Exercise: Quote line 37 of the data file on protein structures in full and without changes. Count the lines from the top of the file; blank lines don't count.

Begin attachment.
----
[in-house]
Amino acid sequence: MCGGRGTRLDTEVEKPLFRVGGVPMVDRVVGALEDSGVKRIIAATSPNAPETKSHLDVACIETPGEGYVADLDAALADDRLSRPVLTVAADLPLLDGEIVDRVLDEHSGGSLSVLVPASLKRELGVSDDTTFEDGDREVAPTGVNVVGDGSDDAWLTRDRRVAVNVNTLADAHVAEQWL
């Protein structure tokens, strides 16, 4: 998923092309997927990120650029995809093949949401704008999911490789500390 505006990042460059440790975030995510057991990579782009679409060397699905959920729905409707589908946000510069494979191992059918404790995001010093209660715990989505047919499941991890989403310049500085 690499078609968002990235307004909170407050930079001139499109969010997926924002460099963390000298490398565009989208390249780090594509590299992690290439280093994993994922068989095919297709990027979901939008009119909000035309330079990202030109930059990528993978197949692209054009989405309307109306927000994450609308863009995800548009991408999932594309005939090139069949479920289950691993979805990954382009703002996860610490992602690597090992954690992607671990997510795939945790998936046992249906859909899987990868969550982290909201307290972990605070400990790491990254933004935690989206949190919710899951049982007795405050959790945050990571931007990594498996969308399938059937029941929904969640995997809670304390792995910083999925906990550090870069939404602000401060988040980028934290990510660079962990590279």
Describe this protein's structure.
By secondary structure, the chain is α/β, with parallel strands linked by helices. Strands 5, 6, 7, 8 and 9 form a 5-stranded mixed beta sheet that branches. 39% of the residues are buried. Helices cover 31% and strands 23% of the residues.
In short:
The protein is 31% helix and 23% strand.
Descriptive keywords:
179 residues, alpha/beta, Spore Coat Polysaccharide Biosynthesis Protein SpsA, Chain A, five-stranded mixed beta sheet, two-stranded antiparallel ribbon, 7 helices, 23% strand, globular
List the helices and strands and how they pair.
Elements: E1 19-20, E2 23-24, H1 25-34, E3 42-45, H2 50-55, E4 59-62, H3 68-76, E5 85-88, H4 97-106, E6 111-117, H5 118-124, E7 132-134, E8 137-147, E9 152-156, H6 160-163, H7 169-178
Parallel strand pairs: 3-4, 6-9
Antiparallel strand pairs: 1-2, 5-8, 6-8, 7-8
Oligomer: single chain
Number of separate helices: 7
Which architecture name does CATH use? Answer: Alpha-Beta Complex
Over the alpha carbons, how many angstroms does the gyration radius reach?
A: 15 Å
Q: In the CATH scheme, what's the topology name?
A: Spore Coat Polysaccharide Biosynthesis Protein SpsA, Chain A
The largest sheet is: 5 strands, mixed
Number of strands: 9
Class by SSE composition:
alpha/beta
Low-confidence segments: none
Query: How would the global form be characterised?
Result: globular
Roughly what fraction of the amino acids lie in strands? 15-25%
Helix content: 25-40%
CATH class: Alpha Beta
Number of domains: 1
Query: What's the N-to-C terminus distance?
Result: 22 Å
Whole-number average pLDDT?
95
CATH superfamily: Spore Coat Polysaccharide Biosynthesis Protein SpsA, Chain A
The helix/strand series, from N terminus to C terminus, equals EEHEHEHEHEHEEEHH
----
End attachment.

The helix/strand series, from N terminus to C terminus, equals EEHEHEHEHEHEEEHH